7 were considered suitable for the creation of a teacher

questionnaire. For example, the item “When I grow up, I could be a good teacher” was adjusted to “Children with dyslexia could become good teachers.” Additional items were developed, which resulted in a teacher questionnaire

with a total of 14 items. Examples of these additional items are “I am very understanding when children with dyslexia need extra help” and “I feel that the government should not spend too much money on facilities for children with dyslexia.” The teacher questionnaire was then pilot tested among 125 preservice teachers, and several items that did not show sufficient reliability were omitted. The result was

a questionnaire with 9 items to which the teachers were

asked to respond using a Likert-type scale that ranged from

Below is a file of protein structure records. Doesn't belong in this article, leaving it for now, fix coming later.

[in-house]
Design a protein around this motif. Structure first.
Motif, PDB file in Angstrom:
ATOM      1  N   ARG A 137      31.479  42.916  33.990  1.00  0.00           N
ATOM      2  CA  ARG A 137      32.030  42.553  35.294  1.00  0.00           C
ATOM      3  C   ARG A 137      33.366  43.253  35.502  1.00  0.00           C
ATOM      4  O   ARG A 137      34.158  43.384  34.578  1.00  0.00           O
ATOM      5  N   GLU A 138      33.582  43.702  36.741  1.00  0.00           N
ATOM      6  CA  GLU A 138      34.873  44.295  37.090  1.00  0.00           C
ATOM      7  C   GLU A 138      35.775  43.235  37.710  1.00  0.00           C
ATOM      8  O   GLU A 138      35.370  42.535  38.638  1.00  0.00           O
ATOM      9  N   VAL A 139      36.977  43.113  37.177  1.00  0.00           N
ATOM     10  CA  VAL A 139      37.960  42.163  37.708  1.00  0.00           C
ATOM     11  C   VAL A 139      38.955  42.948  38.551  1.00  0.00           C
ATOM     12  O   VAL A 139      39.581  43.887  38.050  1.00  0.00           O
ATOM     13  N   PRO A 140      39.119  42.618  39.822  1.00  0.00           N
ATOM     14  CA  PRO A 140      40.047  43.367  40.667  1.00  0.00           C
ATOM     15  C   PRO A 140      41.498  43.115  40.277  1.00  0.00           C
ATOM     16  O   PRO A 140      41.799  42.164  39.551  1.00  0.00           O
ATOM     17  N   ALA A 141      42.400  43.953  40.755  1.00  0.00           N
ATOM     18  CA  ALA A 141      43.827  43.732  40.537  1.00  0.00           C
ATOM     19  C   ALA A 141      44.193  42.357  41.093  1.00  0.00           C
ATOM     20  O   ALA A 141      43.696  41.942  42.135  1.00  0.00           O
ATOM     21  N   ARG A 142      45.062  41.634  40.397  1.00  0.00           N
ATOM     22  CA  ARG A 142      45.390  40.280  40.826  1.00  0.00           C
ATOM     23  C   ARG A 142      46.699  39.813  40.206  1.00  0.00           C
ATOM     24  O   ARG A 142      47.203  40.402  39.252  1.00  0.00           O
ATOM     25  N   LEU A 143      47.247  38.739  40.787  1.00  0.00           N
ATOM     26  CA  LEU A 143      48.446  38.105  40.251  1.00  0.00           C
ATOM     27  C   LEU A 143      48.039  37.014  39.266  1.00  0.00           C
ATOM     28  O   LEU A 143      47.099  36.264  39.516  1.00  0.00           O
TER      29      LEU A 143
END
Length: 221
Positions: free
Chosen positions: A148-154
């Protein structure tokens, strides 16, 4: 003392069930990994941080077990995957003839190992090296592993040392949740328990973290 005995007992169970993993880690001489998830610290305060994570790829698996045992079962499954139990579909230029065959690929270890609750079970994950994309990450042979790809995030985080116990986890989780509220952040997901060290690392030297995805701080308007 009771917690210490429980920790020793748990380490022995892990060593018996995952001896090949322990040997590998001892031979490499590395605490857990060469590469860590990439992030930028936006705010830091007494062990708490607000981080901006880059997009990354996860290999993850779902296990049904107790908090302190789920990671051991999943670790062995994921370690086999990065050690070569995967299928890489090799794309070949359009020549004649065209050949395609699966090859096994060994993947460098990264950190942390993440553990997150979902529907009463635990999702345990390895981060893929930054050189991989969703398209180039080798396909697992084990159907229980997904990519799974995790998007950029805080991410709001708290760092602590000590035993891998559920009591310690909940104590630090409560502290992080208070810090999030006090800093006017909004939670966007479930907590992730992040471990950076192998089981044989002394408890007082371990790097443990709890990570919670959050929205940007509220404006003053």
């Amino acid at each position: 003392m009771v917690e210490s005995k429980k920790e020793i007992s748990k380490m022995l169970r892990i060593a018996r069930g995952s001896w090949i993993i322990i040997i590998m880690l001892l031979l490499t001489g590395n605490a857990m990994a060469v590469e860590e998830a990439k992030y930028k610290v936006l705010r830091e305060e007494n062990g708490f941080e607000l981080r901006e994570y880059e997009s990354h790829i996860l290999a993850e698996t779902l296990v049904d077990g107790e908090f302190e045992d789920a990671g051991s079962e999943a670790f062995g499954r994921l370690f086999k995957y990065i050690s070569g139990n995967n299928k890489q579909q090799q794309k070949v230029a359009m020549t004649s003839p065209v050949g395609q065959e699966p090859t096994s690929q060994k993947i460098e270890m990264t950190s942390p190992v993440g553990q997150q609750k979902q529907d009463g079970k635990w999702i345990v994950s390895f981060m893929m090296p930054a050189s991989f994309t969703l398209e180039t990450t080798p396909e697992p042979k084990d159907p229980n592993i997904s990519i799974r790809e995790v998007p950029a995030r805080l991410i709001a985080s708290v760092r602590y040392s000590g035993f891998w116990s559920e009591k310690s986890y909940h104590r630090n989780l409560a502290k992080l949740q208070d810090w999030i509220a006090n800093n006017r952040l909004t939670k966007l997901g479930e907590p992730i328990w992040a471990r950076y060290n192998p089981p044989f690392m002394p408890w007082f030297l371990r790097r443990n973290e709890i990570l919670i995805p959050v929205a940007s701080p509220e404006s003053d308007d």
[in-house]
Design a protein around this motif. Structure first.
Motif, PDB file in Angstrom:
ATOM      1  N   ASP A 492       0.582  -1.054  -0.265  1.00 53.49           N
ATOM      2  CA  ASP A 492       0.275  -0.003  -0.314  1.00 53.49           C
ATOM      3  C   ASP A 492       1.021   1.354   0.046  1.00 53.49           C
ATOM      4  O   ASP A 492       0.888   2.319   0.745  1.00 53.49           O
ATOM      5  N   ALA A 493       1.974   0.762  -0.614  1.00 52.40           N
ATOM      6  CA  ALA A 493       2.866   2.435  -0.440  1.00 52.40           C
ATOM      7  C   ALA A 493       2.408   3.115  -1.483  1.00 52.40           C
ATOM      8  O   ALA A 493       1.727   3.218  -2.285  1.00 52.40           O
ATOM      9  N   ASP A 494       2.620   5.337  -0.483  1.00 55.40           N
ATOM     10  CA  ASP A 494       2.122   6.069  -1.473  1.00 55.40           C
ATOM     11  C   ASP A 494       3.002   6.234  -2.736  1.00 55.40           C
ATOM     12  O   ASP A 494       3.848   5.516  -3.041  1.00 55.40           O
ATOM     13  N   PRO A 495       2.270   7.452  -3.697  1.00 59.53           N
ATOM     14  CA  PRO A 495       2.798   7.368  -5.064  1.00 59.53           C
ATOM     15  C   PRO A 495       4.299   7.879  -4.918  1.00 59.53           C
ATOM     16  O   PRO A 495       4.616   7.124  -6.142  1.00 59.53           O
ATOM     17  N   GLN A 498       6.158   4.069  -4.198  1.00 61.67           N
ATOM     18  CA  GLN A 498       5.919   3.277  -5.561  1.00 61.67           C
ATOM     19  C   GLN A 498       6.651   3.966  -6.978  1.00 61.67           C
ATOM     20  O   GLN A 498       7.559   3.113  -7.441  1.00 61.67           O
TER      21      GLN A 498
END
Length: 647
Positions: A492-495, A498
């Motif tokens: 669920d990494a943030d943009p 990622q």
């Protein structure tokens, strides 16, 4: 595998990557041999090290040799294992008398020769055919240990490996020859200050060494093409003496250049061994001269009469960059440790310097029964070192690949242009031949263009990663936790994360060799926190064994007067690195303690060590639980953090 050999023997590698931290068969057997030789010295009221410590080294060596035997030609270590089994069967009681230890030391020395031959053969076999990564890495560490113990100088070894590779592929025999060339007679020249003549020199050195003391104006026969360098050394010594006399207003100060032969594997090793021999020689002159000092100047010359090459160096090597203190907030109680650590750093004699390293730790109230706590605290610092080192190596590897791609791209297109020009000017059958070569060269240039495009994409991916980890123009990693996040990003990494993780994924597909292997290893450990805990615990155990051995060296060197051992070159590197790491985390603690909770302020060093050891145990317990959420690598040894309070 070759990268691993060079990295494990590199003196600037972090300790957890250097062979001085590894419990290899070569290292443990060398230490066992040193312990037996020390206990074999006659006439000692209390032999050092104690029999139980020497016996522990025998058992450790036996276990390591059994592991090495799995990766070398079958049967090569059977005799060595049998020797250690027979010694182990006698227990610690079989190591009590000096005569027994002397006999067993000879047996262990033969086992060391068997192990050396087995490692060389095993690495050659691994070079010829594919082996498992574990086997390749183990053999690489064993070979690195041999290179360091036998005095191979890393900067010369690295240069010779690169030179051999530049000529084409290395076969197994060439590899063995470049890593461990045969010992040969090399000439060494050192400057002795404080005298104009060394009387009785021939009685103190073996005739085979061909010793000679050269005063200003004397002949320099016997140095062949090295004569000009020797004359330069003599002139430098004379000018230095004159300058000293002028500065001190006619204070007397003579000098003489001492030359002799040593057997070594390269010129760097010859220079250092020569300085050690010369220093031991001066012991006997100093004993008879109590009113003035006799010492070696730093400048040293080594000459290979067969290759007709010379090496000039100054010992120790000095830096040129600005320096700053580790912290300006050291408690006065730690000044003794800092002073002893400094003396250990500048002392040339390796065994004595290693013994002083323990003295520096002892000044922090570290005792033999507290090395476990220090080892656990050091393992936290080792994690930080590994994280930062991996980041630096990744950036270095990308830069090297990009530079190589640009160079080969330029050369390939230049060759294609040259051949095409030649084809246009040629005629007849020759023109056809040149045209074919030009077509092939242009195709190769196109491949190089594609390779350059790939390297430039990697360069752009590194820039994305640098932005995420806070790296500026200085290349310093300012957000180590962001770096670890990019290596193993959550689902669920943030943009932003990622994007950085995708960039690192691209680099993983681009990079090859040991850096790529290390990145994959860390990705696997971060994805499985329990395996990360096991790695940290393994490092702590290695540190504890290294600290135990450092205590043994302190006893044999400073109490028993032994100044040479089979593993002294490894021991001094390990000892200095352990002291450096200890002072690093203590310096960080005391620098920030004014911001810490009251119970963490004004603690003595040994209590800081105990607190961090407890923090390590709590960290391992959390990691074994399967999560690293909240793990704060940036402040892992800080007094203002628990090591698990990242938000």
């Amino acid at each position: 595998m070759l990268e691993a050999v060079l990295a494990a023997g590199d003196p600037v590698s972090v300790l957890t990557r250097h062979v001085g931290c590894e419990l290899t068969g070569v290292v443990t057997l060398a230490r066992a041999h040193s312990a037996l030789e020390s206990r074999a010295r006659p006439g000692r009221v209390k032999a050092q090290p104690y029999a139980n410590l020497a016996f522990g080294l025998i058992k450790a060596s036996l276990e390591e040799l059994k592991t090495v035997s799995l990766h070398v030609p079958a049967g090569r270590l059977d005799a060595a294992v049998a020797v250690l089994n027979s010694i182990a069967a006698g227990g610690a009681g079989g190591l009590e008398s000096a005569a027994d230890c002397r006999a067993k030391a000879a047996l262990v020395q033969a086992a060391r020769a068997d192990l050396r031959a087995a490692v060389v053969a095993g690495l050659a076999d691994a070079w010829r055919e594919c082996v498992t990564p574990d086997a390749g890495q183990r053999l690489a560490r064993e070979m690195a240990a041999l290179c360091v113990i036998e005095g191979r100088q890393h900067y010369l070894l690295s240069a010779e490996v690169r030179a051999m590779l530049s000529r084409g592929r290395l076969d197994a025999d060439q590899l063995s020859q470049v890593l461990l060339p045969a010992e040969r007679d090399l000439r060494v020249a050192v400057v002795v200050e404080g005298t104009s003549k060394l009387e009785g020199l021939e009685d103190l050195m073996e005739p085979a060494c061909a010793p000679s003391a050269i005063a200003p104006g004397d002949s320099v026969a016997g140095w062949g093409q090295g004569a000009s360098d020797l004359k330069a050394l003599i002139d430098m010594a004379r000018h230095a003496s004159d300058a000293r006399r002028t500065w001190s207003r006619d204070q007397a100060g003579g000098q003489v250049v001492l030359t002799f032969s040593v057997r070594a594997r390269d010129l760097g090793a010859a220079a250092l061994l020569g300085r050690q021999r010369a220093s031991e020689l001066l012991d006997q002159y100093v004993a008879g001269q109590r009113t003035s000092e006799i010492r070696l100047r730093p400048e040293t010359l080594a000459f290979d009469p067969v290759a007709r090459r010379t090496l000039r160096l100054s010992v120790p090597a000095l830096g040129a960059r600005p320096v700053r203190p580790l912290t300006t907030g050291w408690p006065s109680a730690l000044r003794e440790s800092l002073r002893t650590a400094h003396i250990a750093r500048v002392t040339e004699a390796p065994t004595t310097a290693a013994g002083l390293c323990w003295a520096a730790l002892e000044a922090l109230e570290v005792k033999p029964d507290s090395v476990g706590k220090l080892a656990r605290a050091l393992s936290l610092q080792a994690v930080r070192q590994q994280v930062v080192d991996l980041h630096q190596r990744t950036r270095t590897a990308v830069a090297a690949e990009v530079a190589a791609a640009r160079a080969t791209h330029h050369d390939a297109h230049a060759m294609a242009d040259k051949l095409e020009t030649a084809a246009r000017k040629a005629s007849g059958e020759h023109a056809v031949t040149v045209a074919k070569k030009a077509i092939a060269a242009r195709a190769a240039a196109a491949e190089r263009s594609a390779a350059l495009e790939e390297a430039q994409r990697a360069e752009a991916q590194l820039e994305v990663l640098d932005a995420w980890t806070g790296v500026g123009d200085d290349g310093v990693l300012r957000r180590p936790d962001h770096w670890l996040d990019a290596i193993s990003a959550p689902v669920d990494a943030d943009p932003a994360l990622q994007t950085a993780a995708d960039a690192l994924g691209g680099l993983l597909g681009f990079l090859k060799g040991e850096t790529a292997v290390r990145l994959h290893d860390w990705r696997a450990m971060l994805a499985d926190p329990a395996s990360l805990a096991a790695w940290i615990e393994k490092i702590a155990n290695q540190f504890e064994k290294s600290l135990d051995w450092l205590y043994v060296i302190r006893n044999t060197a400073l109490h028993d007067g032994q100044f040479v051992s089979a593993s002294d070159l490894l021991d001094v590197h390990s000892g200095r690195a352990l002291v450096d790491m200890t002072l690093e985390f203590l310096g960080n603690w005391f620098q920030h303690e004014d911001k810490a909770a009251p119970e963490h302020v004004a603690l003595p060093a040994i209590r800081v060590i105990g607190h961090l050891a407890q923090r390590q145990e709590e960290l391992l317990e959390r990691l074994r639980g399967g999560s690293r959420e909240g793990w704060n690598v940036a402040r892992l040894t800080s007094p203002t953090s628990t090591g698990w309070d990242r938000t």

1 (totally disagree) to 5 (totally agree). A higher score on

the self-report measure of teacher attitudes indicates a less

negative attitude toward dyslexia. There were some clear indications of validity for the scale. The formulations of the items appeared to resemble those for other explicit attitude measures such as the Modern Racism Scale (McConahay, 1986), which validly assesses the explicit

Downloaded from ldx.sagepub.com at b-on: 01800 Universidade Fernando Pessoa on April 5, 2013

520

Journal of Learning Disabilities 43(6)